Kombucha. Have you tried it? Course you have! We all have. It's everywhere - from supermarket shelves to gyms, bars and restaurants. You can even find it on tap at awfully trendy inner city cafes.
This weird-tasting fermented tea has a squeaky clean reputation and has kinda become a Big Deal in the beverage world - and it's absolutely exploded in popularity over the past few years.
And for good reason.
It's been touted for a whole load of different health benefits, ranging from digestion to metabolism, immunity and more. Noice!
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But while it's been promoted as the superior drink because of all its health-boosting benefits, do you know if any of these claims are actually backed by science? We don't.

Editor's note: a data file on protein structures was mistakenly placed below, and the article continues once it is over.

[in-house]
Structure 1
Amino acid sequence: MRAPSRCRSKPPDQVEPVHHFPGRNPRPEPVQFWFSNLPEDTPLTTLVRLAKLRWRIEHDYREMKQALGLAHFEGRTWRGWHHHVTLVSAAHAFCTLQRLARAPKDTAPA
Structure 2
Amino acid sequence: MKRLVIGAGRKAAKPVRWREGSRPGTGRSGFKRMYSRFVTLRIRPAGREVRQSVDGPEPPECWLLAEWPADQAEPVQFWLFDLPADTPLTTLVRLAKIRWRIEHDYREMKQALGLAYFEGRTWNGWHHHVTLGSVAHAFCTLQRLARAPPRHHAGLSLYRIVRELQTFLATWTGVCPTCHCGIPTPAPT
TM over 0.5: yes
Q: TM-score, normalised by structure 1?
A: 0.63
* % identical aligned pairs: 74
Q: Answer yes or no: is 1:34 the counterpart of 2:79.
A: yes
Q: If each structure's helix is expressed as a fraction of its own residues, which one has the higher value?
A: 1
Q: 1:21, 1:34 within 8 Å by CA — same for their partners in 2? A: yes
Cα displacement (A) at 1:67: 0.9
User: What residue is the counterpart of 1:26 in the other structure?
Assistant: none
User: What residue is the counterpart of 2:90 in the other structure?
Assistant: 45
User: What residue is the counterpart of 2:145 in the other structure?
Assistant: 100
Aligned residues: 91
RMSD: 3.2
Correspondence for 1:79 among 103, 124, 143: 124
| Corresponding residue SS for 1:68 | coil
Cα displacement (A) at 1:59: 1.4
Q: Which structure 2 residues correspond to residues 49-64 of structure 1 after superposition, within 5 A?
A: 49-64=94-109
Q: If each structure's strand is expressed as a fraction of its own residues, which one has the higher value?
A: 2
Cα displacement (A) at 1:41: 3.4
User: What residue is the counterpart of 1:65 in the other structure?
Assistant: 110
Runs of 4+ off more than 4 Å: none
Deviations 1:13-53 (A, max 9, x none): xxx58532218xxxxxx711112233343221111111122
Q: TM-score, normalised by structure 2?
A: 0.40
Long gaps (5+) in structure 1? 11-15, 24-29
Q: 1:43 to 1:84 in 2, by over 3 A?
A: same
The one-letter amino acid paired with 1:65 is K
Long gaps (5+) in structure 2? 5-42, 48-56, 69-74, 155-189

Bottom line: Is kombucha actually good for you?
We had a little dig around and asked a nutrition expert if this wildly popular drink is just as good as everyone thinks it is. Here's what she said.
What is kombucha?
If you don't know what kombucha is (where have you been?), it's basically a type of slightly sweet, slightly acidic, fizzy fermented green or black tea, explains nutritionist Fiona Tuck, founder of Vita-Sol.
And while it's become a 'thing' as of late, kombucha isn't exactly new. You might be surprised to hear that it's actually been around for yonks and is believed to have originated from China about 2,000 years ago.
So, yeah - not a new thing, folks.
And it's not your average tea, either. It's basically made by adding a colony of live bacteria and yeast (called scoby) to the tea, and letting it ferment for a few weeks. Yum.
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